Optimizing Orientation

We’ll start by optimizing orientation because it’s the largest field. (When optimizing bandwidth it’s good to work in the order of greatest to least potential gain where possible…)

Many people when compressing a quaternion think: “I know. I’ll just pack it into 8.8.8.8 with one 8 bit signed integer per-component!”. Sure, that works, but with a bit of math you can get much better accuracy with fewer bits using a trick called the “smallest three”.

How does the smallest three work? Since we know the quaternion represents a rotation its length must be 1, so x^2+y^2+z^2+w^2 = 1. We can use this identity to drop one component and reconstruct it on the other side. For example, if you send x,y,z you can reconstruct w = sqrt( 1 - x^2 - y^2 - z^2 ). You might think you need to send a sign bit for w in case it is negative, but you don’t, because you can make w always positive by negating the entire quaternion if w is negative (in quaternion space (x,y,z,w) and (-x,-y,-z,-w) represent the same rotation.)

Don’t always drop the same component due to numerical precision issues. Instead, find the component with the largest absolute value and encode its index using two bits [0,3] (0=x, 1=y, 2=z, 3=w), then send the index of the largest component and the smallest three components over the network (hence the name). On the other side use the index of the largest bit to know which component you have to reconstruct from the other three.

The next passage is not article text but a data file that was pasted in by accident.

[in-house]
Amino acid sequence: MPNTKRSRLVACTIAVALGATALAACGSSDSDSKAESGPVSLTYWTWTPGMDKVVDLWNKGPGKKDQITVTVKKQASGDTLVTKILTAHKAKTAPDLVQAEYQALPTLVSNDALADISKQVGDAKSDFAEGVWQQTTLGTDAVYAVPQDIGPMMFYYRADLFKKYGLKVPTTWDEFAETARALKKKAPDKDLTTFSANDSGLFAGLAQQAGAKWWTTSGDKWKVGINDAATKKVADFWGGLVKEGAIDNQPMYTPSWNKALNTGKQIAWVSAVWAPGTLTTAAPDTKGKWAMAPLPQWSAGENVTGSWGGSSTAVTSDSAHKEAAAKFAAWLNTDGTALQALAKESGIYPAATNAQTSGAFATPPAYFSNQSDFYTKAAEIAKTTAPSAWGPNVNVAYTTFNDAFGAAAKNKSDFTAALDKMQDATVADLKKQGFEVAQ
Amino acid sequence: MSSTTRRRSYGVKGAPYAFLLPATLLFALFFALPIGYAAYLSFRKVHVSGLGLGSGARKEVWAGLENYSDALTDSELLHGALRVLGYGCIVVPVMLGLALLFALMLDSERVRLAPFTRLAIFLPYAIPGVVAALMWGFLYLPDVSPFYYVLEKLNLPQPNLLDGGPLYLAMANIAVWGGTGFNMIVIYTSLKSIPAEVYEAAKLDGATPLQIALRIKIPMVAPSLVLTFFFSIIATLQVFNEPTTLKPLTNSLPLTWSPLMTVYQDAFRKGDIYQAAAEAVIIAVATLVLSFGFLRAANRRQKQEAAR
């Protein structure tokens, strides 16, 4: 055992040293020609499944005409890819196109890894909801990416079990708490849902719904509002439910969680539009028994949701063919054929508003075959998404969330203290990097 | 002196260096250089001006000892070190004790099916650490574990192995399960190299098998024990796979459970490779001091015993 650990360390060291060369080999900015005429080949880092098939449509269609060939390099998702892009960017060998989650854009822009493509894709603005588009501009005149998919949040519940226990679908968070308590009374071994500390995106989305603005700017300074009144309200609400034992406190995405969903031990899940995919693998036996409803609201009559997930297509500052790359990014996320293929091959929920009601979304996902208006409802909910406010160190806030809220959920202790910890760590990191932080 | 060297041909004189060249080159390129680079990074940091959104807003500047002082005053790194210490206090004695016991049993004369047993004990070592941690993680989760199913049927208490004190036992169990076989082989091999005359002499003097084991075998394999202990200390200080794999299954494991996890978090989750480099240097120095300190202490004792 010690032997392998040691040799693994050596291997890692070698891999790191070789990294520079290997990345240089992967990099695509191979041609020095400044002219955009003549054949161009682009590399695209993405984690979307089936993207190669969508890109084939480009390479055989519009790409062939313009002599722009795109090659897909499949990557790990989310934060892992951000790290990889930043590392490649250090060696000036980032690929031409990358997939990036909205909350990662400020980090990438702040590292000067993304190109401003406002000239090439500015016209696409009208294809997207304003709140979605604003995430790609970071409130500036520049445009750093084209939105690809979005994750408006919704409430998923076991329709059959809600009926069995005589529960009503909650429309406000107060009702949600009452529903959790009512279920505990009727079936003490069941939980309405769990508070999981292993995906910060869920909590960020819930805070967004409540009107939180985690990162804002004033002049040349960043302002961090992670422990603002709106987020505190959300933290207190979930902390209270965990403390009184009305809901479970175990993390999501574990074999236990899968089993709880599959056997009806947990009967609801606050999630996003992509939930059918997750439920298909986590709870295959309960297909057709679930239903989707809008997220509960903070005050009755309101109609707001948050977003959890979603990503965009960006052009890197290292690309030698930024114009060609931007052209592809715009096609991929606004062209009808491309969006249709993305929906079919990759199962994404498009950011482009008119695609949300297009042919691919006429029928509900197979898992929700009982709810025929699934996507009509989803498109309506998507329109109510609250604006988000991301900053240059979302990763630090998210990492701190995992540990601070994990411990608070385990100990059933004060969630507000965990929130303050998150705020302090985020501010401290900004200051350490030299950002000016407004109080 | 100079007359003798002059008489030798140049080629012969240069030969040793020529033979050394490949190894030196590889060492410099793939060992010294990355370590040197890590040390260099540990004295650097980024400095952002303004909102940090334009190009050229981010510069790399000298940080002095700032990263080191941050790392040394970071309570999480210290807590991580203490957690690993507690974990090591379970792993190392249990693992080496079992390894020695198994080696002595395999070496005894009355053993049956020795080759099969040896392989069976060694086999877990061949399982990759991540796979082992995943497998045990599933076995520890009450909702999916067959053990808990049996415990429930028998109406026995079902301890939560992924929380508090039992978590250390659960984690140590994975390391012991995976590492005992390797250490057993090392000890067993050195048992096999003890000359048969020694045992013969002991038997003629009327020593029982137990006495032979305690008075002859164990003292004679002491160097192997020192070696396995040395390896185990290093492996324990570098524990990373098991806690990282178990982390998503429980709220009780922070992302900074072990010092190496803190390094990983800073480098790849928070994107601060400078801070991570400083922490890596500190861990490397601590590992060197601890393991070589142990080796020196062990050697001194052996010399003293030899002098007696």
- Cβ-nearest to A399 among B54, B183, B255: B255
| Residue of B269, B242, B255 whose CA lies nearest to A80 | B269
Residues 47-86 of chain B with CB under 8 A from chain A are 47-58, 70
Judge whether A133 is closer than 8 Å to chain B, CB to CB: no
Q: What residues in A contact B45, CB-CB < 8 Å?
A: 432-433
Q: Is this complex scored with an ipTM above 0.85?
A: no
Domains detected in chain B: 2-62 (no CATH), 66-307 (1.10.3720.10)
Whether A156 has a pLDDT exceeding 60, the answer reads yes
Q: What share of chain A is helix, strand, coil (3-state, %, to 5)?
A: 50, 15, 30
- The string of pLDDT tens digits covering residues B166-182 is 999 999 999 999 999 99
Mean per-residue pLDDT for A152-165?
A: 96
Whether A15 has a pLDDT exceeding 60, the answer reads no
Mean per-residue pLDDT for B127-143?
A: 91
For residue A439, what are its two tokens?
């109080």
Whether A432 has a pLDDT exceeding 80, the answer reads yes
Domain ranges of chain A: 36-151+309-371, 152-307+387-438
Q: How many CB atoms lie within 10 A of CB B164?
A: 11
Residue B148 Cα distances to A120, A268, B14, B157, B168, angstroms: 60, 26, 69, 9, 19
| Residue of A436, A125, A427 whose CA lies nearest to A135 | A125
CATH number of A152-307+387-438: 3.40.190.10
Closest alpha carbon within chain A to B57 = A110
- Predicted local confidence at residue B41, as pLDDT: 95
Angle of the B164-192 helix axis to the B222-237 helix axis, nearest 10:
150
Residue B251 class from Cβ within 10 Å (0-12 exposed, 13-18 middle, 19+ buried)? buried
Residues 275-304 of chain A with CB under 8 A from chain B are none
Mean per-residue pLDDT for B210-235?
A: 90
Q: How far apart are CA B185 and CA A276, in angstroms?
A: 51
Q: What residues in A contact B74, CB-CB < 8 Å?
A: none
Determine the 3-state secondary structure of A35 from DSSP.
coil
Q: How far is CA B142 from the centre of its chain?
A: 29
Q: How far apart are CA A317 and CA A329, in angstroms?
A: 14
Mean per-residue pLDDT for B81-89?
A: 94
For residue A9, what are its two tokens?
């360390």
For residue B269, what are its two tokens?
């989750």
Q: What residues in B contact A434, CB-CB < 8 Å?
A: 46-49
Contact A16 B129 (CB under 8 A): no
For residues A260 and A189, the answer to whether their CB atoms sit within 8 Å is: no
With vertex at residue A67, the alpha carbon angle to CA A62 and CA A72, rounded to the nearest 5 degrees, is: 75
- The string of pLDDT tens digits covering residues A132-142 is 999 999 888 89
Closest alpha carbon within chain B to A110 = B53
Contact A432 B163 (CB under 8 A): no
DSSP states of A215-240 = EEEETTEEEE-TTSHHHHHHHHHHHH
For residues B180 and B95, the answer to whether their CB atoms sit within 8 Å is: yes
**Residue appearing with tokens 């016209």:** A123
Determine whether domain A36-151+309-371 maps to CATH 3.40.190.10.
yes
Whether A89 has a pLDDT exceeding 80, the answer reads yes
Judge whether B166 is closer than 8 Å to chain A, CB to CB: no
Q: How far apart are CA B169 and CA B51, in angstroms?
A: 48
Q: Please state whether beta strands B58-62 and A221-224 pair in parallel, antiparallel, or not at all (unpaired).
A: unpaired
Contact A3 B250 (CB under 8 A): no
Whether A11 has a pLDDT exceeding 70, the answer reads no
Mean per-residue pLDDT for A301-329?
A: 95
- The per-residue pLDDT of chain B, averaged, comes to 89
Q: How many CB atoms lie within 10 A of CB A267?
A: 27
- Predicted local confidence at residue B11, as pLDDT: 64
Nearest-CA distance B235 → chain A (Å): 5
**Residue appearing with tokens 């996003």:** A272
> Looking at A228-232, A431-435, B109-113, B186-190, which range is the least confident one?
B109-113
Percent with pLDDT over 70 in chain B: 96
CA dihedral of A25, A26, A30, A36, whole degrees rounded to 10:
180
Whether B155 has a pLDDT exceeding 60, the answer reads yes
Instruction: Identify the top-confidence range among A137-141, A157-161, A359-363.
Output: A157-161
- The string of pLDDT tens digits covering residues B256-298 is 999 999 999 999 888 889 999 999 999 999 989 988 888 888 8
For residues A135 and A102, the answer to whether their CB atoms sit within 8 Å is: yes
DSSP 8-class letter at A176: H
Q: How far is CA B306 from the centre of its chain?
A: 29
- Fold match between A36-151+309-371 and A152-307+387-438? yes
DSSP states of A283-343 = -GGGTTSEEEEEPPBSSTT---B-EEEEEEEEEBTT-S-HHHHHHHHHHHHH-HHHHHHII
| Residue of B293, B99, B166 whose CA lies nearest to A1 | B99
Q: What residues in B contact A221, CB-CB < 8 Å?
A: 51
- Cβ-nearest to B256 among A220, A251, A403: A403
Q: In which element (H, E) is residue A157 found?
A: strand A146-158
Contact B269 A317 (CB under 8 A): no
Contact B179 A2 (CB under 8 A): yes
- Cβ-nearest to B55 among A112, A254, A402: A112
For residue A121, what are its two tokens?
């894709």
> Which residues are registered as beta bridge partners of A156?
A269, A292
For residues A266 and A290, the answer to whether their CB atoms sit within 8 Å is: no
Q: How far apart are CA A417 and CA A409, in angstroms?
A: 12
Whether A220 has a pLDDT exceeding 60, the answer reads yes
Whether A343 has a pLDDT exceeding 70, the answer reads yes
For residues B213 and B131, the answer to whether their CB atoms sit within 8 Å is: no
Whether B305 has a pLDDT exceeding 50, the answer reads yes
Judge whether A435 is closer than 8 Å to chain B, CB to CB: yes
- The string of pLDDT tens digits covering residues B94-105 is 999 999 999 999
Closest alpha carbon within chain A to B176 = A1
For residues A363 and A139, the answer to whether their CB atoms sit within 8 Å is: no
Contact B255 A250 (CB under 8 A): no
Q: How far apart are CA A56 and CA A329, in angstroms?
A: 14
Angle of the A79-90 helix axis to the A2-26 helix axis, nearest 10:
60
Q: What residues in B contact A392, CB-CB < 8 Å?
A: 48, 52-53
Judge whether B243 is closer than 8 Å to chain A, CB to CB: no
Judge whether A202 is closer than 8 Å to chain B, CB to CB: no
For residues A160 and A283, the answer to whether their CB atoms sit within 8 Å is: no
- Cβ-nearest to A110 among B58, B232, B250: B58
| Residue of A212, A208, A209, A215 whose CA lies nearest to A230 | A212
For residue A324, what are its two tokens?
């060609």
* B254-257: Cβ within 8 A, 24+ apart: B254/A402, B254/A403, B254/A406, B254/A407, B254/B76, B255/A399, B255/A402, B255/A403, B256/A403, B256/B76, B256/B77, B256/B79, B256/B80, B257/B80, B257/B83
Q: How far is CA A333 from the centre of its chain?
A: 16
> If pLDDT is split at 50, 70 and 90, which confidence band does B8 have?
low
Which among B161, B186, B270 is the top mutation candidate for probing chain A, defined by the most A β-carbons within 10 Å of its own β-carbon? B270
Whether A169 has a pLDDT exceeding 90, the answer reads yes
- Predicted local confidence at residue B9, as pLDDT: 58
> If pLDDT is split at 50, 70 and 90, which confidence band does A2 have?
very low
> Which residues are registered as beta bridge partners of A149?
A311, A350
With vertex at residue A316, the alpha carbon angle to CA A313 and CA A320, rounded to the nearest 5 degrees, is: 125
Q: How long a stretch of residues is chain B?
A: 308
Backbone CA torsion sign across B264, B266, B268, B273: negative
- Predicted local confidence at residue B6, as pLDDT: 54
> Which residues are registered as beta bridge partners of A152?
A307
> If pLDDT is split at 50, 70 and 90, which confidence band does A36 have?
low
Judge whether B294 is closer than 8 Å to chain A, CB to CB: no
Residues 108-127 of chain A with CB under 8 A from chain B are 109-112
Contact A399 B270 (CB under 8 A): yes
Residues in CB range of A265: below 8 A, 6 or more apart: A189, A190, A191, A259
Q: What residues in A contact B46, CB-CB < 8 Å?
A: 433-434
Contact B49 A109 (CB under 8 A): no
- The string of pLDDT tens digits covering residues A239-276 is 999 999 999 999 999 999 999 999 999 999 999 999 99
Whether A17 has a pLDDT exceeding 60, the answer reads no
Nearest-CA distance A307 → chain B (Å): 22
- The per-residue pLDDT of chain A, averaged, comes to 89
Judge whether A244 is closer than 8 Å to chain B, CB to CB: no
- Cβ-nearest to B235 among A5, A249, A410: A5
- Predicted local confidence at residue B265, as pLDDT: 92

One final improvement. If v is the absolute value of the largest quaternion component, the next largest possible component value occurs when two components have the same absolute value and the other two components are zero. The length of that quaternion (v,v,0,0) is 1, therefore v^2 + v^2 = 1, 2v^2 = 1, v = 1/sqrt(2). This means you can encode the smallest three components in [-0.707107,+0.707107] instead of [-1,+1] giving you more precision with the same number of bits.

With this technique I’ve found that minimum sufficient precision for my simulation is 9 bits per-smallest component. This gives a result of 2 + 9 + 9 + 9 = 29 bits per-orientation (down from 128 bits).

This optimization reduces bandwidth by over 5 megabits per-second, and I think if you look at the right side, you’d be hard pressed to spot any artifacts from the compression.

Optimizing Linear Velocity

What should we optimize next? It’s a tie between linear velocity and position. Both are 96 bits. In my experience position is the harder quantity to compress so let’s start with linear velocity.